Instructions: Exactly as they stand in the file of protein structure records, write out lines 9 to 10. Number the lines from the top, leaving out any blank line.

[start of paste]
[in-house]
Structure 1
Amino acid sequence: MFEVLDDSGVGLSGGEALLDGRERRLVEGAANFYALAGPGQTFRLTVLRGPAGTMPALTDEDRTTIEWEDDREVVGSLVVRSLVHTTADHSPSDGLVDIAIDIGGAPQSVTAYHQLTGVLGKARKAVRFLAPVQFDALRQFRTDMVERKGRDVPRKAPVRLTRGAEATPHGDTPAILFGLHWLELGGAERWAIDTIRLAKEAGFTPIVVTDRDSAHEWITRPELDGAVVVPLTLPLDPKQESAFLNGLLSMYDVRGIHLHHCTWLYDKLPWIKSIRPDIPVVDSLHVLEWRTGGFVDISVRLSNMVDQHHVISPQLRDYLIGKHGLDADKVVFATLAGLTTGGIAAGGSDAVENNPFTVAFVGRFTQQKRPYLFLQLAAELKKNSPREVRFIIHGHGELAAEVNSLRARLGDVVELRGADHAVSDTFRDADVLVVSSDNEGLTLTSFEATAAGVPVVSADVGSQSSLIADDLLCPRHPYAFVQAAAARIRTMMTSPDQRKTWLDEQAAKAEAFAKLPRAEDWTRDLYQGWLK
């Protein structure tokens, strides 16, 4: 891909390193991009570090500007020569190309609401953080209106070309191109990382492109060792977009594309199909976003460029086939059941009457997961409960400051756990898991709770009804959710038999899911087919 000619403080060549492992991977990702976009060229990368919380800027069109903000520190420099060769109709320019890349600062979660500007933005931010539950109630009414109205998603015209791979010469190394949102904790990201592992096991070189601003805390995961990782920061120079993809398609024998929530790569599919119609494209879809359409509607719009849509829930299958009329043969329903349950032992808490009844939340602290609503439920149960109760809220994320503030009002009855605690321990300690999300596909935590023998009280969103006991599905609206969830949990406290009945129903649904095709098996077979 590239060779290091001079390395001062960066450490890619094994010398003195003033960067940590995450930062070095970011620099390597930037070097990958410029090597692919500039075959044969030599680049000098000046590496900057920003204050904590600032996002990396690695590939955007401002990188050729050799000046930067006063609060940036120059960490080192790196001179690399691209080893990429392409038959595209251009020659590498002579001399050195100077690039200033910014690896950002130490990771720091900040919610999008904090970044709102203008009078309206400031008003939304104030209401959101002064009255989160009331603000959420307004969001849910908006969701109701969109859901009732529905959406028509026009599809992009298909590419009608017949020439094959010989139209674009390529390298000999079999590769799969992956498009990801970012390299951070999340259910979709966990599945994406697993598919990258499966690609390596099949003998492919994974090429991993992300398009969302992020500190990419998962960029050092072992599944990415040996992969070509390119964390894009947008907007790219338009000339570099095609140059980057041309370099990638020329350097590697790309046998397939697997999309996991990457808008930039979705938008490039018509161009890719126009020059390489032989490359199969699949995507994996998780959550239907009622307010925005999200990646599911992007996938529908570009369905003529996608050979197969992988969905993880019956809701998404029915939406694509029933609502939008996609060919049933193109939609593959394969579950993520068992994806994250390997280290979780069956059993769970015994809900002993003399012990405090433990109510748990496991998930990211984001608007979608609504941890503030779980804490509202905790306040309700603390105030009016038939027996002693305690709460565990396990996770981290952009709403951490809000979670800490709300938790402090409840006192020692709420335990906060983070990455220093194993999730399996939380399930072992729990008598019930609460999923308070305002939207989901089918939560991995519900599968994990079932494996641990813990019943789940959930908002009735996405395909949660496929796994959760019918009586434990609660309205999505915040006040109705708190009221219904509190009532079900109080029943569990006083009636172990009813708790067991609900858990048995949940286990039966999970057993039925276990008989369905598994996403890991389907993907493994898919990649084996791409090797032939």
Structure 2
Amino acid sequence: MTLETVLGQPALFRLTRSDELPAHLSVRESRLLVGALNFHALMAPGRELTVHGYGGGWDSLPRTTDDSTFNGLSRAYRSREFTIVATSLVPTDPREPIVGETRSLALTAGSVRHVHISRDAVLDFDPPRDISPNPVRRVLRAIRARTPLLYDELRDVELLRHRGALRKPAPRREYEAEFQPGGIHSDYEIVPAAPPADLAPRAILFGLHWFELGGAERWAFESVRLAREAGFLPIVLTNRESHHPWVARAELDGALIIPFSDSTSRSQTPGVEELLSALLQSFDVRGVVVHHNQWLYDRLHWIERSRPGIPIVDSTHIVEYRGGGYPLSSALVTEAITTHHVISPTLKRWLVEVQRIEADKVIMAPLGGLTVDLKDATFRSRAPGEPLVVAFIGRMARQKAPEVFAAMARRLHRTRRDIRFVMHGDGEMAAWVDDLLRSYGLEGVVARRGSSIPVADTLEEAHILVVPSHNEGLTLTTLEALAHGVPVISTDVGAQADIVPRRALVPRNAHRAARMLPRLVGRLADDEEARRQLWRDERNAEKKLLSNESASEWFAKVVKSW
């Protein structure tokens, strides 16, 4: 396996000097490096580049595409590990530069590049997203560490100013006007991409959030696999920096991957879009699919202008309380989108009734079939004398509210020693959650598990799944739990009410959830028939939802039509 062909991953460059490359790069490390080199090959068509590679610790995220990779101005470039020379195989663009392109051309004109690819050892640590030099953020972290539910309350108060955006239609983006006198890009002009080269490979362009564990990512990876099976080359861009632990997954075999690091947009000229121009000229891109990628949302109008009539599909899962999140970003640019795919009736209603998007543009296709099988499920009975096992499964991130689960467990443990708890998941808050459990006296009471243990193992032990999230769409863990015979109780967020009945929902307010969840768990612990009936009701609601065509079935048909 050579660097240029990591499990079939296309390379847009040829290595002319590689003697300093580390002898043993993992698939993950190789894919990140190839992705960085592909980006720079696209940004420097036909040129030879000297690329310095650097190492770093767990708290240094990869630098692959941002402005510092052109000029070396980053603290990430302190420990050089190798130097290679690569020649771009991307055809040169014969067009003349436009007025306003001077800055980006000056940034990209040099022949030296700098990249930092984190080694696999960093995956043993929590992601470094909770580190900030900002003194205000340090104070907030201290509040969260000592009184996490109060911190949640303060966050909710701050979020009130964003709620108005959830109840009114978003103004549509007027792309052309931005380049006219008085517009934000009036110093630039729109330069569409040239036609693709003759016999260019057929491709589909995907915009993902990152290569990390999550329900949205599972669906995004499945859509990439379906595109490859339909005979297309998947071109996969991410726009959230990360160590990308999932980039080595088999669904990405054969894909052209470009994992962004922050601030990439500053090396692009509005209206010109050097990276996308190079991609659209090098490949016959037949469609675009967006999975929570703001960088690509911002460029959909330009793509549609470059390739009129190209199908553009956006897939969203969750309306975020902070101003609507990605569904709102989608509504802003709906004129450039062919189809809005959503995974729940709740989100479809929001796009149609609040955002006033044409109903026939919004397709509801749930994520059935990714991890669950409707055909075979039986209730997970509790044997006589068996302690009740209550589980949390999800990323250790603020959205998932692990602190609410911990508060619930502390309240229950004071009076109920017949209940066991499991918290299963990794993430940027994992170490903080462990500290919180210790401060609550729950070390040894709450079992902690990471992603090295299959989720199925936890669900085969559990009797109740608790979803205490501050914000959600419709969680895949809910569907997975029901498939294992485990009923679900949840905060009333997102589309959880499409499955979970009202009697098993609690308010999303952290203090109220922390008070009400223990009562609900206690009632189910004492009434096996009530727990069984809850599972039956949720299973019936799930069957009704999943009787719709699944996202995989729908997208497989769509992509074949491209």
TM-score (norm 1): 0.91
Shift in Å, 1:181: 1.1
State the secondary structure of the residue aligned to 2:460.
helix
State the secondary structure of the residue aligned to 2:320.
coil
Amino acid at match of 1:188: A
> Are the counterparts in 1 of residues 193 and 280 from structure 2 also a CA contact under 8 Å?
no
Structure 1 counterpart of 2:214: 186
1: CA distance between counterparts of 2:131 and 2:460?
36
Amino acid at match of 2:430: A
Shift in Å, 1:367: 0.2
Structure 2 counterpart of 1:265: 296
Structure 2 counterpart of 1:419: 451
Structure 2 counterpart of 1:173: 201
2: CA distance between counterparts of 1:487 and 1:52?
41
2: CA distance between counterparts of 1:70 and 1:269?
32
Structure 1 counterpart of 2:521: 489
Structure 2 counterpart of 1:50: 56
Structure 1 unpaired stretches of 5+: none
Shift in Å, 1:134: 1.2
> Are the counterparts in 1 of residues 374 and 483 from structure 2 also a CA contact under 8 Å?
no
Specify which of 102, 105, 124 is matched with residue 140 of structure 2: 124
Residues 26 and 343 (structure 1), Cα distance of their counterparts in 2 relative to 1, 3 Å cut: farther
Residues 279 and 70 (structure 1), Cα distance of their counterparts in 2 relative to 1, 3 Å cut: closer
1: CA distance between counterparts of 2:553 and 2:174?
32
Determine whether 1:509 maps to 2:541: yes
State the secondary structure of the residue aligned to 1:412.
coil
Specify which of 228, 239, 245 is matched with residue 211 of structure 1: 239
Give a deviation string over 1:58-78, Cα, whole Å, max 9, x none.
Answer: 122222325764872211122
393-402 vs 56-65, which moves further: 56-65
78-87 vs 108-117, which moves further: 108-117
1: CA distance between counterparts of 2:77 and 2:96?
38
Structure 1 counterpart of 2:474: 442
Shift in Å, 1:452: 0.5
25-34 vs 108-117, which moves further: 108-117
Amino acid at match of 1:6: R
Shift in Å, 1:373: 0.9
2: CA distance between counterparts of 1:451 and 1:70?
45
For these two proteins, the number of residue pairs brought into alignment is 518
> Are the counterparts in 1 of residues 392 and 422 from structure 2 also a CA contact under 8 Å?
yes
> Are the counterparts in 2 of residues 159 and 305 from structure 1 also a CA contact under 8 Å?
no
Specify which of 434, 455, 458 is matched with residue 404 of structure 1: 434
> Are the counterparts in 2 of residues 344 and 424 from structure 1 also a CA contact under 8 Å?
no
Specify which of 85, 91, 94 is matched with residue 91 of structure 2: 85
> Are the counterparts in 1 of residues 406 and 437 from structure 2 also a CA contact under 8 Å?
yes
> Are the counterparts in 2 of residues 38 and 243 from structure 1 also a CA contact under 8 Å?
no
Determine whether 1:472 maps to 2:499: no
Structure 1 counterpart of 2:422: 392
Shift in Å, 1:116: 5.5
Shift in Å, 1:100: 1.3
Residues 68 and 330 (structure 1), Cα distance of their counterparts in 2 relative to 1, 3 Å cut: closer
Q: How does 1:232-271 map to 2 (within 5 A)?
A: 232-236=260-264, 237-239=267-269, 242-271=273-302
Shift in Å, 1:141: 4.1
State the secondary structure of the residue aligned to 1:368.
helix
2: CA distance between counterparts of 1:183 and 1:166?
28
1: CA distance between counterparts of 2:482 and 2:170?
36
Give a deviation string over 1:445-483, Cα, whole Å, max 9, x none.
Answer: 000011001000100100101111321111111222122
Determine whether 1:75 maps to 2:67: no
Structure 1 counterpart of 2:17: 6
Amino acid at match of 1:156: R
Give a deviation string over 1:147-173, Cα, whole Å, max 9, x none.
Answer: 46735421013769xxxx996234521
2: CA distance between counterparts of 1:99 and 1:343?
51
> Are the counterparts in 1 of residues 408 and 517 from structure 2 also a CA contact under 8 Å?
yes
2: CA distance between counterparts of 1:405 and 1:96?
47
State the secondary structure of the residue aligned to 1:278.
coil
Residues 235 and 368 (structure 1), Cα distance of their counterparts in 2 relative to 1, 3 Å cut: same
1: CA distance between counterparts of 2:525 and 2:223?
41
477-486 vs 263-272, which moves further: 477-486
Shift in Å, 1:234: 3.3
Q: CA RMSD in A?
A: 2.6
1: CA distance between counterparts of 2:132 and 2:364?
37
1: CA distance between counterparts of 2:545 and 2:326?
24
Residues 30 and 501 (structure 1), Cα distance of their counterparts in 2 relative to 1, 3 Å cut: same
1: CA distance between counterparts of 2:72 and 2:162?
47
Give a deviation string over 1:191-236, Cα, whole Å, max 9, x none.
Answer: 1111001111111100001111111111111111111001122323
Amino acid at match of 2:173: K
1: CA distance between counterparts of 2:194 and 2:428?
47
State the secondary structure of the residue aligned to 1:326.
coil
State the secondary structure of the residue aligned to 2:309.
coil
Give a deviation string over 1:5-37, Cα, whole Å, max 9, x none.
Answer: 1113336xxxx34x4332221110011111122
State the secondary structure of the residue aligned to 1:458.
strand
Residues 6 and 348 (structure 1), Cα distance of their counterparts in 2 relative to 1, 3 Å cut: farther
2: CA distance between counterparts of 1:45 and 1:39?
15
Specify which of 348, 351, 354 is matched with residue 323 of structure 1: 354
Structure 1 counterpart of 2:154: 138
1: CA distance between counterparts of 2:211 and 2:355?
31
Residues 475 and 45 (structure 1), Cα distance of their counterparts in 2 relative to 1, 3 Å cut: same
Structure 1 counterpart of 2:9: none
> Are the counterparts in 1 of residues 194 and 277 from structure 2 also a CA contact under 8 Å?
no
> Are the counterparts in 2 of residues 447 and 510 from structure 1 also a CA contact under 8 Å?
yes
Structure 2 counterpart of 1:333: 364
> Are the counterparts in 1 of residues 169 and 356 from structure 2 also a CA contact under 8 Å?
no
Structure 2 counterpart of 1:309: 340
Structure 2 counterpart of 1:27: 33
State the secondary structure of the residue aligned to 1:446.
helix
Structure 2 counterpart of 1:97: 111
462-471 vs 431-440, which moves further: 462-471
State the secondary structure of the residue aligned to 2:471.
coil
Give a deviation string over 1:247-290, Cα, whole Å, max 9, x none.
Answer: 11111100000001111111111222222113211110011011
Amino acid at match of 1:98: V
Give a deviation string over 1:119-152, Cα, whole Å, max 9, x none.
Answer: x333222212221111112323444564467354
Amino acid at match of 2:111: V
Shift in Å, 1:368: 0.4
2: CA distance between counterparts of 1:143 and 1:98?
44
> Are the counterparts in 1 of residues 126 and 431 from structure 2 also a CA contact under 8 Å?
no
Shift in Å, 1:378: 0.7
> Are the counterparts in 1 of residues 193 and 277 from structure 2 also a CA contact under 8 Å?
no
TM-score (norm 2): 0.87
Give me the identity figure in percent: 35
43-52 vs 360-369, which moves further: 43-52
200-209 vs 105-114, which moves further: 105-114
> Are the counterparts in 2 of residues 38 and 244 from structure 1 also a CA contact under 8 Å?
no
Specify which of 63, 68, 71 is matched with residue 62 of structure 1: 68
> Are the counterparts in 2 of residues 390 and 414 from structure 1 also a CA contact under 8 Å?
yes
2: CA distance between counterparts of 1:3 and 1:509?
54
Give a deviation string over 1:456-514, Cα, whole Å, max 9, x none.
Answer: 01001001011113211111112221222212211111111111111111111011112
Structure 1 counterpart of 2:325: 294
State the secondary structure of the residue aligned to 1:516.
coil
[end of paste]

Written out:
Shift in Å, 1:181: 1.1
State the secondary structure of the residue aligned to 2:460.